Friday, June 20, 2014

Losses

I miss love like the deserts miss the rain. And August is my favourite month in the year that had willed love in my name, once upon a time. Those were the days when social networking was setting foot in India. The days when people of my age burned their money by logging onto Orkut, and getting smitten by the experience of checking out people of the opposite sex.

It was the year 2008, and I was into my first year of masters. I had taken an inkling for poetry considering the fears and tears I had fought for many light years. He had left on a September afternoon selling me sorrow I was trying to barter with poetry. We were old friends who met at the bible school. I remembered his name and the one incident that told me of his dauntlessness. His father had passed away a few days ago and instead of mourning he decided to attend the bible school as we all were supposed to do every year, as young teenagers with parents rigged by religion. I was awed by the grit of this fourteen year old boy who had just lost his father and wasn’t willing to let that truth cow him down.

In my masters days, I was this boring book worm that wiggled through pages and had no hobbies to save my soul. I preferred to sleep when I had nothing else to do otherwise, Orkut would do the trick of keeping me busy, in the absence of boyfriends and even girlfriends.
Hi. Are you the same Amit whose father was in the Indian Air force in the  late nineties and who lived along the streets of the St.Mary’s cathedral, Bandra? 
Apologies if you are the wrong person.
Regards
Rachel.
 One such Wednesday evening, was the day marked for our meeting. I happened to come across his profile through a common friend and everything else is history. It boasted of an Amit Tharakan with the location pointing towards Kochi. I had my dreadful doubts about this being the same Amit I used to hate as a teenager. With fingers that were fearfully tap dancing I typed him an e-mail.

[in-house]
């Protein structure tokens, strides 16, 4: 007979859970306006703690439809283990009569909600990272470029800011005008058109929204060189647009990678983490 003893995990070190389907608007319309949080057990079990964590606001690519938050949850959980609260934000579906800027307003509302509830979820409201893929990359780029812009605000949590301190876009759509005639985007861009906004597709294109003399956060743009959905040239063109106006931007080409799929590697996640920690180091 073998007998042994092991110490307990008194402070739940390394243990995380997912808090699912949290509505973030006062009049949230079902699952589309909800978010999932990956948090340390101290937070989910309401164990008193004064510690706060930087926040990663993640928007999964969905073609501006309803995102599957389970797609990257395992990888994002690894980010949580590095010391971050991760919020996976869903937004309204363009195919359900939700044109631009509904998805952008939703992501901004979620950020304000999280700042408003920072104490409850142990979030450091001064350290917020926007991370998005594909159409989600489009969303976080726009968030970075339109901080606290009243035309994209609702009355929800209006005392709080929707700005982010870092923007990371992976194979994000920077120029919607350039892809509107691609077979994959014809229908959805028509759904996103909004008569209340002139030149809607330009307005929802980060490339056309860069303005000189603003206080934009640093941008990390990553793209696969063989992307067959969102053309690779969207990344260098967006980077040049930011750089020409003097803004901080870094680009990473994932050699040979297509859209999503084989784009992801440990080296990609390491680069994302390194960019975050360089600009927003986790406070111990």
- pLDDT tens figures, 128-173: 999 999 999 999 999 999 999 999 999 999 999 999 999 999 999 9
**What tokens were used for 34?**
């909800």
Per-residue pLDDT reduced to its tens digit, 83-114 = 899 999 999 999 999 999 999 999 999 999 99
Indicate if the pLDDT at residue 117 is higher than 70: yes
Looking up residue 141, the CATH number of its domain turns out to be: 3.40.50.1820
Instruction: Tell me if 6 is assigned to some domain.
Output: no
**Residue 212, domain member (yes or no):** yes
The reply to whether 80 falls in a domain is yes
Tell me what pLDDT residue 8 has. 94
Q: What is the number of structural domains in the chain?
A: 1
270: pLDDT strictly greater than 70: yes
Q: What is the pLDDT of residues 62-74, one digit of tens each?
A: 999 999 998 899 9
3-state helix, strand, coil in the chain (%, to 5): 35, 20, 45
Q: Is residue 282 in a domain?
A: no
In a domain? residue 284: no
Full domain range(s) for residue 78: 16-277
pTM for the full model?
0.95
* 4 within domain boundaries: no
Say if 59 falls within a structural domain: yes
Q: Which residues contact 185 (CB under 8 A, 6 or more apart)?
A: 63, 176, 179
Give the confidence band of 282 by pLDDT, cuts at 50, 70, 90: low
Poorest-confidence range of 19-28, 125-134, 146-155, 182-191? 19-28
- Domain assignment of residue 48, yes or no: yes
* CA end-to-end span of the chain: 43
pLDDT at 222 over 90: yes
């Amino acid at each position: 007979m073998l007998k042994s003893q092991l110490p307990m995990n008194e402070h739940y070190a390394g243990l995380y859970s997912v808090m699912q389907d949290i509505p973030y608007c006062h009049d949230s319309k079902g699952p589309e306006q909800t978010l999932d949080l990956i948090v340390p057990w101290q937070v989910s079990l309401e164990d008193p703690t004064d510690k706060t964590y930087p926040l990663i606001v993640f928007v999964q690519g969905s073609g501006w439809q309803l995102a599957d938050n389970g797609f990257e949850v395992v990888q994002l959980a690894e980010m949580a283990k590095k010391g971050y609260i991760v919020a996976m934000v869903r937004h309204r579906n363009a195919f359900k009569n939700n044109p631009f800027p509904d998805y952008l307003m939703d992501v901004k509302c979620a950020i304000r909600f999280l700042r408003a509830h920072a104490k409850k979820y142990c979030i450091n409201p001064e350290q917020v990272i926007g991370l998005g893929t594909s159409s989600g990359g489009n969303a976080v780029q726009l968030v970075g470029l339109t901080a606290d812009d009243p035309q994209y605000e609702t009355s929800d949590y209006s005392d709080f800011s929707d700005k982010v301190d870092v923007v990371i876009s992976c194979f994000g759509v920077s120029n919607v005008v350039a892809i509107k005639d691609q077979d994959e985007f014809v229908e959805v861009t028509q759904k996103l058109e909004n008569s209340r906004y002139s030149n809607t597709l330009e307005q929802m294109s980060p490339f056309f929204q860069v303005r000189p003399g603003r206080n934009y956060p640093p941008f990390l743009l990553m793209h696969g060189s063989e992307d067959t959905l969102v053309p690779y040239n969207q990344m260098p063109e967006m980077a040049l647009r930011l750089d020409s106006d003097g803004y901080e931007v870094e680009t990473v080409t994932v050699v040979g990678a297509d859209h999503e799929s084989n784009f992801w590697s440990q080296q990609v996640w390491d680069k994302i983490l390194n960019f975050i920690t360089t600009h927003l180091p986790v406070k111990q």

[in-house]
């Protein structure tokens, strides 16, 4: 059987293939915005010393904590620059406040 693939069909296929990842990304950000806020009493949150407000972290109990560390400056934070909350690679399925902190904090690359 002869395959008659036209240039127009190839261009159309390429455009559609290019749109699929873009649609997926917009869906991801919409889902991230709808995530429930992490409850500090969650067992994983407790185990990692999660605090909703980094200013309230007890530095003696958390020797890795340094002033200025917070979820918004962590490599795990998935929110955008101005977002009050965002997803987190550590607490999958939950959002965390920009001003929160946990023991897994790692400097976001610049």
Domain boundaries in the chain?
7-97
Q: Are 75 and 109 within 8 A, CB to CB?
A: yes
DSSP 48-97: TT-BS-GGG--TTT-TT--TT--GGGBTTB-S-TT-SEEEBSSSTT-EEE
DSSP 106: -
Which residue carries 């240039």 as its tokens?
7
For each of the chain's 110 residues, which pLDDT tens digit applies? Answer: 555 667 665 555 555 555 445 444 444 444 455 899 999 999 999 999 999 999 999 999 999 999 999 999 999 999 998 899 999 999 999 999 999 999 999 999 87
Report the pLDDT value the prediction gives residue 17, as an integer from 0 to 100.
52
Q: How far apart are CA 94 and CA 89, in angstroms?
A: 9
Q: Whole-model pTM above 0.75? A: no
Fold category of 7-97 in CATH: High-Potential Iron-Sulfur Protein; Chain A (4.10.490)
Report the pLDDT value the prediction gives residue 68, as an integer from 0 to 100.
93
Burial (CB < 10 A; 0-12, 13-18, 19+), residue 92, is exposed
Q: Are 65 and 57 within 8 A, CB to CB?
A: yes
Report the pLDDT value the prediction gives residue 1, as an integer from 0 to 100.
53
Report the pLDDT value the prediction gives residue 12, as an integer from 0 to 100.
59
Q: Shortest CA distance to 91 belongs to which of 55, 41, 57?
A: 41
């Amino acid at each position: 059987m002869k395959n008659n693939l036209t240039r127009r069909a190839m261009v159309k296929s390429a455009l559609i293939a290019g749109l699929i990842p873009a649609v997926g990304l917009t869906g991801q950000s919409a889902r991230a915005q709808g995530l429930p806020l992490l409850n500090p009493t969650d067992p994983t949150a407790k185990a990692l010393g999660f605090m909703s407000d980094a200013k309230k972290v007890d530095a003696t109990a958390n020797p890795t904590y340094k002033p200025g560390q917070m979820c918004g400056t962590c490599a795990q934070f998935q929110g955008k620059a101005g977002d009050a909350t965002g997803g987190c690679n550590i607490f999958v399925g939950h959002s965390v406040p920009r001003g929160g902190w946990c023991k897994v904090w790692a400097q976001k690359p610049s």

I waited for his reply repining heavily for my impatience. A week later there came an e-mail and a yes to begin with. Indeed, he was the same confused porcupine head I had admired all these years although I was an unknown stranger to him. Alas, he couldn't recall a single day from those times, and it seemed that I had already spoilt the broth.
Contrary to my perceptions, he started e-mailing me twice a week and used to call me as and when time permitted him. As earth was revolving around the sun, our lives were also heading for a change. Our constant conversations transformed into endless discourses and if not for work and college we could have ended up setting a world record for the longest conversation held between two individuals on the phone.
On the first of January the next year, he proposed without a face to face communion. In a thoughtless moment of time, I retorted with a yes. What followed was a romance straight out of the books of a Shakespearean saga. He came to Delhi in February the following year, and without second thoughts about the world, we took to loving each other. His visits would take us to movies, retail therapy and even book hunting to libraries. Life was a poem that was watching its way to the aisle. His May day calling on my birthday brought us closer. We had taken to walking hand in hand while kissing at places where a thousand heads would turn to catch a glimpse of us. It seemed we had known each other for ages and our coming together was a plan God had inked in our lives.